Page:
While there are challenges to being a Massage Therapist with a vision impairment, I wouldn’t change it for the world. I get great satisfaction from my work and I enjoy helping others, whether it’s easing pain or discomfort, or helping a person relax. I am a former Social Worker. Remedial Massage is my second career and I’ve never had a single day of regret since changing careers.


Are you a vision impaired massage therapist? What has been your experience? What has been most helpful in your workplace?

About the Author

Sarah Brownhill is a Massage Therapist based in Perth. She has been a Massage Therapist for 9 years and is legally blind.

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Comments

  1. Fred Lederer
    07/04/2021 - 1:44 pm

    Sarah,
    I am deeply touched by your story. You are one courageous lady. Thank you for sharing your story with us. I wish you every success.

    Fred Lederer

  2. Trisha Feutrill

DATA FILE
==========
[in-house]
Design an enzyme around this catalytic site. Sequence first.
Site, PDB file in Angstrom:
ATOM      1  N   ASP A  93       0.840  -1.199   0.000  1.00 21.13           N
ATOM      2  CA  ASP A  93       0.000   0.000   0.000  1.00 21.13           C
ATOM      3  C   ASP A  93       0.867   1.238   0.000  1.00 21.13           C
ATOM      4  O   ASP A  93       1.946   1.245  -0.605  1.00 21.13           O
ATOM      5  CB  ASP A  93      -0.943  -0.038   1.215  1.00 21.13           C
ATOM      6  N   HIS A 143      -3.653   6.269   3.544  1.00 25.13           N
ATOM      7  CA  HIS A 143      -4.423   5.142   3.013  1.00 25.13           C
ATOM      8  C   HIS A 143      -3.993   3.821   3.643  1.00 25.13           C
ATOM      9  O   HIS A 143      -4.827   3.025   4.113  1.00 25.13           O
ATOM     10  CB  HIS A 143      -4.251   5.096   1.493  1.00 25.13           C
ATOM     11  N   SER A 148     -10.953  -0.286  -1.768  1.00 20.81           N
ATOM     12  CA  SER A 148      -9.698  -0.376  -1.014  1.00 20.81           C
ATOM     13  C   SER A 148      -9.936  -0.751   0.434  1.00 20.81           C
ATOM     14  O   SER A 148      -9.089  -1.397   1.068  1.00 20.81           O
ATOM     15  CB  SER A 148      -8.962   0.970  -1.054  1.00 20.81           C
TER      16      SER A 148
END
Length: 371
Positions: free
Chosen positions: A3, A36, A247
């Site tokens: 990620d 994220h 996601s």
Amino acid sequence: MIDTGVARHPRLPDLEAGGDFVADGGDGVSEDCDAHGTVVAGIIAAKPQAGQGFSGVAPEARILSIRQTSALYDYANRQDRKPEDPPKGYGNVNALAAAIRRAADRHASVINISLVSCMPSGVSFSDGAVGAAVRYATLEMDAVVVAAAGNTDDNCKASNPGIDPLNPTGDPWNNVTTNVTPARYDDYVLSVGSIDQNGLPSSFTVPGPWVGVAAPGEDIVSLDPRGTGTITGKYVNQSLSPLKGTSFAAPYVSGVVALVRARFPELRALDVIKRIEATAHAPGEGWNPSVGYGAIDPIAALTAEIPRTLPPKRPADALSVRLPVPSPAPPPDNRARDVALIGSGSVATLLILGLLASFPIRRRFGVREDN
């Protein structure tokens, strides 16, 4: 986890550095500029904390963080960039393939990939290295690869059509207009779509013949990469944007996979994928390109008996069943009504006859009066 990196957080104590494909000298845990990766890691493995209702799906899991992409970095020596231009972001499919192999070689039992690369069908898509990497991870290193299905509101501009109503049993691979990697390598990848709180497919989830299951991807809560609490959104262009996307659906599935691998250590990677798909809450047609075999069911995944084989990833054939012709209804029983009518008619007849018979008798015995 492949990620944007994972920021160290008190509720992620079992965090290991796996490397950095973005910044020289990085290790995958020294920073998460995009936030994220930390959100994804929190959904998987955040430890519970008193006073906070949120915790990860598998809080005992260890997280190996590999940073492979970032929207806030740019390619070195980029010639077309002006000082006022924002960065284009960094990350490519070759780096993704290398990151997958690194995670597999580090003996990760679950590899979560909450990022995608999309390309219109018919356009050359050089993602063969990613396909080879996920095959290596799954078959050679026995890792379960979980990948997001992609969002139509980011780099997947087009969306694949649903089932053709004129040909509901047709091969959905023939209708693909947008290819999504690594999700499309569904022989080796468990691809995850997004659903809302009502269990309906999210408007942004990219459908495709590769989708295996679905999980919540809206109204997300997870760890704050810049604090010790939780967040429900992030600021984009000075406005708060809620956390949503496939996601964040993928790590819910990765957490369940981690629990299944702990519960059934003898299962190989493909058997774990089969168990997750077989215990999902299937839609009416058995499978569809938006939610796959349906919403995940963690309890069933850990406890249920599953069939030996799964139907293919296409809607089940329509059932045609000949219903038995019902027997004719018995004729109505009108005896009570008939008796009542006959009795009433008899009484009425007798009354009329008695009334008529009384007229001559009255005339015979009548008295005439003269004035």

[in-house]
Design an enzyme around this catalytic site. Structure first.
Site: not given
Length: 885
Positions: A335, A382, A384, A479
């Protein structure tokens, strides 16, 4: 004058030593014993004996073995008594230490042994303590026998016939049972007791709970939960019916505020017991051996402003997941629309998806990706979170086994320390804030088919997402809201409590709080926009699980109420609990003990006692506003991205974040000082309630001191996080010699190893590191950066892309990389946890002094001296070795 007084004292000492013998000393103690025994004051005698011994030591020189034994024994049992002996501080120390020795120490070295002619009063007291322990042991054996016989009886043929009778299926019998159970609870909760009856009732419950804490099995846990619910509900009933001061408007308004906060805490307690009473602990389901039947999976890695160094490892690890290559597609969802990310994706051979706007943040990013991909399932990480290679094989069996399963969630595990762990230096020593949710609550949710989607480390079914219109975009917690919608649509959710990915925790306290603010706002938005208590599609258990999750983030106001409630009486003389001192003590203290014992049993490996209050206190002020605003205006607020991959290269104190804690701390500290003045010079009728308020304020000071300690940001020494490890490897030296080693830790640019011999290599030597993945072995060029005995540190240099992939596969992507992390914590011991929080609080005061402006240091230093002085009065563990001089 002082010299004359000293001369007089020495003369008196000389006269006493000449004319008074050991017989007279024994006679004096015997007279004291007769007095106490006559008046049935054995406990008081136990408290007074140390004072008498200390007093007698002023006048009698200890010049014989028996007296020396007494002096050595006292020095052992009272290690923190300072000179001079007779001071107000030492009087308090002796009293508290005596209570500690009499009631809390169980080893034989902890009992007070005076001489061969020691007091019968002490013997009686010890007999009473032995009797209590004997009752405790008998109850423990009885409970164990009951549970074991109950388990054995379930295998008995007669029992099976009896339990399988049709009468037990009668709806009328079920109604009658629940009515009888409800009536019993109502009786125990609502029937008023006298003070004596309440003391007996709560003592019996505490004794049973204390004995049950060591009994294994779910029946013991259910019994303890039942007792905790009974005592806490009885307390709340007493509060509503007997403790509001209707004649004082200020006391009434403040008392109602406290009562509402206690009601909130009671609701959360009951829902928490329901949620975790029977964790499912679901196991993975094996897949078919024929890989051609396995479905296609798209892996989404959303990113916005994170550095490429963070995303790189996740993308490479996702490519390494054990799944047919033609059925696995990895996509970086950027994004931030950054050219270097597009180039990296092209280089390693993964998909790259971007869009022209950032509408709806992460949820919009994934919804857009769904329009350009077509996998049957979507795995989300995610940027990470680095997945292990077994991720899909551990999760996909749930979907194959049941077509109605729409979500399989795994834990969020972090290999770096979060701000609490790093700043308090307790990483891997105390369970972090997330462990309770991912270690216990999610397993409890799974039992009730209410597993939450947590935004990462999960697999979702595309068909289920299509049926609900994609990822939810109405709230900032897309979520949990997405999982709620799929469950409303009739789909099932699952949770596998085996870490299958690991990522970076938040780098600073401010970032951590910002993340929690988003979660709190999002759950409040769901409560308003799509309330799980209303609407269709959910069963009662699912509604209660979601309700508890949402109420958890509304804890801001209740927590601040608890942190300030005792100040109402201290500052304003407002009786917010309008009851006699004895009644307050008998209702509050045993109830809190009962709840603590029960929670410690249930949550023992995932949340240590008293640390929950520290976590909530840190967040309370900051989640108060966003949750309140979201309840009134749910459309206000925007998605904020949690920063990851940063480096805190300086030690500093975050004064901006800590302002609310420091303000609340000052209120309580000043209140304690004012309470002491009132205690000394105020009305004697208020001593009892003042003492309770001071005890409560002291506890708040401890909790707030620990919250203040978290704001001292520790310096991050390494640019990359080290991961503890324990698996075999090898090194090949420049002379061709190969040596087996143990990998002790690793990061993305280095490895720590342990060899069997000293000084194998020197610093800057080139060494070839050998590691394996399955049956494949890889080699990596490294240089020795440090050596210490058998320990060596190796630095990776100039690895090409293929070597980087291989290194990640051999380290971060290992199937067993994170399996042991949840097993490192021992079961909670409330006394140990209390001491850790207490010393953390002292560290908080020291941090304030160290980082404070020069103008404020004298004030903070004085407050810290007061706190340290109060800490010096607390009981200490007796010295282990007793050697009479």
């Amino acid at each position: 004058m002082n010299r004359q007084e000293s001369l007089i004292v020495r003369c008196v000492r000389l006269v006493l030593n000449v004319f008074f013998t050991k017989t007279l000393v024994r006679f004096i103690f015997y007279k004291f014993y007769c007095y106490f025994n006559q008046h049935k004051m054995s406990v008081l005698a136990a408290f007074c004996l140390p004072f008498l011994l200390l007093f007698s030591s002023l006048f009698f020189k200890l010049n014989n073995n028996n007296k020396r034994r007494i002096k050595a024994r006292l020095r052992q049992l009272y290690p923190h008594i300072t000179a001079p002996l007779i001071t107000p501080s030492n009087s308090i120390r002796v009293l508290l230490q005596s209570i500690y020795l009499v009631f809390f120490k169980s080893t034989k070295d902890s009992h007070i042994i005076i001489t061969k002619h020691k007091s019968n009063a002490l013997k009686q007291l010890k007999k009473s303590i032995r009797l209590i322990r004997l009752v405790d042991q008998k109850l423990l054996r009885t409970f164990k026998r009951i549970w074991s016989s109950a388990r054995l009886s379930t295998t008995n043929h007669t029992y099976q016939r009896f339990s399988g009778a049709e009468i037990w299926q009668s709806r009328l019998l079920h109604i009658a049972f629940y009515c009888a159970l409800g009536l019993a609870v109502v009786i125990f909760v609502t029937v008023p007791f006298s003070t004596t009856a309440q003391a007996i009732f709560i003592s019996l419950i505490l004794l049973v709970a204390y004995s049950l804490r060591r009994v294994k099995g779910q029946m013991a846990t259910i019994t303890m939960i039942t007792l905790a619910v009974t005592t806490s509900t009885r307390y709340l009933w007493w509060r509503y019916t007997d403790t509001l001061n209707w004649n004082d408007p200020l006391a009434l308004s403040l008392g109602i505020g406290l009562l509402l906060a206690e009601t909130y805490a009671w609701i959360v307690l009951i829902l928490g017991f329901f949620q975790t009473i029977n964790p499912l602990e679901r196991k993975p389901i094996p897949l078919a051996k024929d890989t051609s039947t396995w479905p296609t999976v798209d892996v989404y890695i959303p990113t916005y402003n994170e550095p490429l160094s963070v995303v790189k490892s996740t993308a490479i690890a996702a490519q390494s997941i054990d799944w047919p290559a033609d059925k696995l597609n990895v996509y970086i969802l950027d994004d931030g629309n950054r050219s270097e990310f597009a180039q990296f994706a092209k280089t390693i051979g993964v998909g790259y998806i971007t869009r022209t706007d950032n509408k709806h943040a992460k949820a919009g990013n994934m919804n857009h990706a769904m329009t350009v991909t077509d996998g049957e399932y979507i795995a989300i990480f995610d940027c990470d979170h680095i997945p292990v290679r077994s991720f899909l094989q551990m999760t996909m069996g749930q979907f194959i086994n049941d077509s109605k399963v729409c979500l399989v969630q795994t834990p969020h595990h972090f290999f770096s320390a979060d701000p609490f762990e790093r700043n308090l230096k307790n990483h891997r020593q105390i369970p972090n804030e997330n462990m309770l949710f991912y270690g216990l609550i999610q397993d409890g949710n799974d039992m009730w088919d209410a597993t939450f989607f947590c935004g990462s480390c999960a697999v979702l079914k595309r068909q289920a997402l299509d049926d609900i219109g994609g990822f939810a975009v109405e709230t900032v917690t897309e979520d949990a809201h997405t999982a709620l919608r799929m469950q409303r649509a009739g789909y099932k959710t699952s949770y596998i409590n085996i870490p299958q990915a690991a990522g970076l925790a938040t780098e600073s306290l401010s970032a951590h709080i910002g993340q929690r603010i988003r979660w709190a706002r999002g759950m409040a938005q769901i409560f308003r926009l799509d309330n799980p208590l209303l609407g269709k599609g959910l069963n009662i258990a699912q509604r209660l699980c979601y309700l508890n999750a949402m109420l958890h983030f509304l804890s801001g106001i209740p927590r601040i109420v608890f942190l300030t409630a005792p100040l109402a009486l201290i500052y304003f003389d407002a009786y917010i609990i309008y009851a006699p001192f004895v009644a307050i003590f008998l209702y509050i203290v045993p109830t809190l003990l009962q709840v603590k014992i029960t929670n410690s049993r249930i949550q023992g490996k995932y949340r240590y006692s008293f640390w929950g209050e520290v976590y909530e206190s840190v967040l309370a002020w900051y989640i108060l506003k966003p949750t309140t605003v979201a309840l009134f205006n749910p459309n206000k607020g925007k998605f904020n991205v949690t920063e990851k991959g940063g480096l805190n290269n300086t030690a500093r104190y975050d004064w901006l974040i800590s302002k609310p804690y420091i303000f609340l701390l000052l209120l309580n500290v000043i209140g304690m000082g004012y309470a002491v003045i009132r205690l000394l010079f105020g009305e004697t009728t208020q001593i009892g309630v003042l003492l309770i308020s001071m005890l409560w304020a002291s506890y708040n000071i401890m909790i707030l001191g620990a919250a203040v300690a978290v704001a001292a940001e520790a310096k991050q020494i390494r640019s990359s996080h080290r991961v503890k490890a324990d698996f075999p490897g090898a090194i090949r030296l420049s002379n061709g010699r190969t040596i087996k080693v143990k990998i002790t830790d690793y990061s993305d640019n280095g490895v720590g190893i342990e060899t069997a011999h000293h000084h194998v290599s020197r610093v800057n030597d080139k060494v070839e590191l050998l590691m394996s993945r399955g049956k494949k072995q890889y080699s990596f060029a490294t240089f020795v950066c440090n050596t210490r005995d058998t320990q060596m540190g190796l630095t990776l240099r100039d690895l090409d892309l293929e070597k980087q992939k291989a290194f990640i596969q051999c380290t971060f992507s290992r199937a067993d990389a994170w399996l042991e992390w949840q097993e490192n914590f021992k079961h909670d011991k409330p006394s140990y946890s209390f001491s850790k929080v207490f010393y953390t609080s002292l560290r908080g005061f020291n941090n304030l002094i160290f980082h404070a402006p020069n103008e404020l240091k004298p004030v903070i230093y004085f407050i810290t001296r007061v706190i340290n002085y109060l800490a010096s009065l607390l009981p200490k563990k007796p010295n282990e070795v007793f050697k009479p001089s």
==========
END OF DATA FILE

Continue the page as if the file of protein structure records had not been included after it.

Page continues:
07/04/2021 - 2:20 pm

    Yes thank you for sharing. Its an interesting perspective on life that I take for granted. I visited Cambodia years ago and had some massages with blind trained massage therapists. Its a Khmer/Japanese technique while a little tough to take at times they seem to get you relaxed with the power of the hands.

  3. Thank you for sharing Sarah.
    Loved to read your story and hearing about your challenges.
    Looking forward to the next one 😉

    Forwarded it to my blind friend and colleague Anthony Mahr who I studied massage with. He is also a member of AMT and works in a Physio clinic on the Central coast in NSW.
    It always amazes me how much a blind person remembers about their environment and the great courage it requires to navigate about on a daily basis with such confidence.
    Wishing you all the very best.
    Gerhard
    Blue Mountains, NSW

  4. Great story Sarah, thank you for sharing it certainly did give us another perspective to touch therapy. Very interesting to hear how well you have adapted your practice to give quality care.